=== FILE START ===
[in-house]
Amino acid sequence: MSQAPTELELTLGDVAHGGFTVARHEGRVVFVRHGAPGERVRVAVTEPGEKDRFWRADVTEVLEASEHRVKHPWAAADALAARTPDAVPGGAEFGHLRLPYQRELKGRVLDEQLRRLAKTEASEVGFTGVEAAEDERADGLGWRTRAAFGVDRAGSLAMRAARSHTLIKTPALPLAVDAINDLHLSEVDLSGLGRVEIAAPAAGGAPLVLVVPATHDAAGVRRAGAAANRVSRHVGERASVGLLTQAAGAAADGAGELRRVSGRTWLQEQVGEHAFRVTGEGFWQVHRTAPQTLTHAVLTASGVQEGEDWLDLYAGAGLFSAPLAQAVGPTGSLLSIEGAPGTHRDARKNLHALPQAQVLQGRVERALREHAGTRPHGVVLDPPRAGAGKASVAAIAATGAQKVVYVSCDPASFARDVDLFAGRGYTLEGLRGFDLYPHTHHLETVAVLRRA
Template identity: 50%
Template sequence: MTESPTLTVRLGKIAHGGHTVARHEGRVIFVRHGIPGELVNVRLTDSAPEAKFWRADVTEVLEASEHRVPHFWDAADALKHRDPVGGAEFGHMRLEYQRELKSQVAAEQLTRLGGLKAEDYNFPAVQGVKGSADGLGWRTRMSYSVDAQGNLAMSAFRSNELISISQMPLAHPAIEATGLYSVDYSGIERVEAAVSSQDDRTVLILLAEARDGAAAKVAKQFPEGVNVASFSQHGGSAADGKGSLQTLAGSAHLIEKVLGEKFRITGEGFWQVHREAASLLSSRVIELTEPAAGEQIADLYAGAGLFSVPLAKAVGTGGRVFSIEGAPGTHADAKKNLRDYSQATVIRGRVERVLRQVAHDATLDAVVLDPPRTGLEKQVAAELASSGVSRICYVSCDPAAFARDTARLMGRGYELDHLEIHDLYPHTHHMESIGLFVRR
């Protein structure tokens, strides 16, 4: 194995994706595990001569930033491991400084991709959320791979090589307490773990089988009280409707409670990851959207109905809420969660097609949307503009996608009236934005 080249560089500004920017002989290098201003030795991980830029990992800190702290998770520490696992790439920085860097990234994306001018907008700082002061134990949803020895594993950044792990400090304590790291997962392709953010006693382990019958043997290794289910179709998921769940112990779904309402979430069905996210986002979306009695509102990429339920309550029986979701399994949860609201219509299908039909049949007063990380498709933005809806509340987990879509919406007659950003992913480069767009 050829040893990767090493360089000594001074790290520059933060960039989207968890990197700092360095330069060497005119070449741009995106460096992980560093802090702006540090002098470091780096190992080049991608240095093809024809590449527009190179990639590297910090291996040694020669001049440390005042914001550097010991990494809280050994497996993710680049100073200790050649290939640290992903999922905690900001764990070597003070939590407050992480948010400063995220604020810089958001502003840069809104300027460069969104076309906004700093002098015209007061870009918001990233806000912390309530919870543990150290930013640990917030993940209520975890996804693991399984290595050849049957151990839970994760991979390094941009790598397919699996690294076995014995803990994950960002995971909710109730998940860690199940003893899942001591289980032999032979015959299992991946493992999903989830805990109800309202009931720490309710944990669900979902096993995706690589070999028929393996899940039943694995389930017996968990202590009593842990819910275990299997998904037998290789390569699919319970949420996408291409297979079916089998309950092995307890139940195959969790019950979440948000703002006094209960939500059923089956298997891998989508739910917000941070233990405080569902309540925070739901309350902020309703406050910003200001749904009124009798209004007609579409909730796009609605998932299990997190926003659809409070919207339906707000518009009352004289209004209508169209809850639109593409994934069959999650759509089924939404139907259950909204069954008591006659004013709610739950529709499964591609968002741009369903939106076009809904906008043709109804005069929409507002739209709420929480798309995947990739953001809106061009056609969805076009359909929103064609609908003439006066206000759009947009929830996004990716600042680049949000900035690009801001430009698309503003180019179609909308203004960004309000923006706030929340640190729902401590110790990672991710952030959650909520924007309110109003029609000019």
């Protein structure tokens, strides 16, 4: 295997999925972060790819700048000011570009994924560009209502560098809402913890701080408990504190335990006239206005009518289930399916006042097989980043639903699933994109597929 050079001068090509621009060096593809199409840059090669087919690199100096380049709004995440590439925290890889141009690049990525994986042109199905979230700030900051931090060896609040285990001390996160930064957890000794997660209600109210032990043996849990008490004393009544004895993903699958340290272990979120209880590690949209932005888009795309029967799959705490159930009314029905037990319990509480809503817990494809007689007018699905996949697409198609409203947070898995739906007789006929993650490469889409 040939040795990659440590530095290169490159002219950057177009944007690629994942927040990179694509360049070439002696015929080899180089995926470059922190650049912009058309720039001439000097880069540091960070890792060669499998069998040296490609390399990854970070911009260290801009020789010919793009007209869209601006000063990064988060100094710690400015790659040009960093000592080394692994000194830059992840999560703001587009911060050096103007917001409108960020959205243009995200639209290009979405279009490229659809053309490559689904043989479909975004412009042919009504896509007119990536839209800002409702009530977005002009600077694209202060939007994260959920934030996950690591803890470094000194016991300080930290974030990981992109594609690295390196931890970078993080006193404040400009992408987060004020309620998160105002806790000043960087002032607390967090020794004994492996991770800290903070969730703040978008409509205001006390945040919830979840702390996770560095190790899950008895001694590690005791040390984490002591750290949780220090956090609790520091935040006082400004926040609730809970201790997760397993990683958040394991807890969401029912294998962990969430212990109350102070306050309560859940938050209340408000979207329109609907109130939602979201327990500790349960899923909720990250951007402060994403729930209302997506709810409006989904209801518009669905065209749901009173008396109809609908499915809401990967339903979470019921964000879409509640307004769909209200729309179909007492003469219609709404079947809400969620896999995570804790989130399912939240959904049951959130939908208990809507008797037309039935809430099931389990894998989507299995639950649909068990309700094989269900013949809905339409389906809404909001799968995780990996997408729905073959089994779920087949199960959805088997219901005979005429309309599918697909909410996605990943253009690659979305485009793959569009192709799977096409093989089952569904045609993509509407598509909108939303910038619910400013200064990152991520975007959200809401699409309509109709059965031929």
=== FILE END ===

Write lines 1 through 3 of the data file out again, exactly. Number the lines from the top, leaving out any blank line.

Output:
[in-house]
Amino acid sequence: MSQAPTELELTLGDVAHGGFTVARHEGRVVFVRHGAPGERVRVAVTEPGEKDRFWRADVTEVLEASEHRVKHPWAAADALAARTPDAVPGGAEFGHLRLPYQRELKGRVLDEQLRRLAKTEASEVGFTGVEAAEDERADGLGWRTRAAFGVDRAGSLAMRAARSHTLIKTPALPLAVDAINDLHLSEVDLSGLGRVEIAAPAAGGAPLVLVVPATHDAAGVRRAGAAANRVSRHVGERASVGLLTQAAGAAADGAGELRRVSGRTWLQEQVGEHAFRVTGEGFWQVHRTAPQTLTHAVLTASGVQEGEDWLDLYAGAGLFSAPLAQAVGPTGSLLSIEGAPGTHRDARKNLHALPQAQVLQGRVERALREHAGTRPHGVVLDPPRAGAGKASVAAIAATGAQKVVYVSCDPASFARDVDLFAGRGYTLEGLRGFDLYPHTHHLETVAVLRRA
Template identity: 50%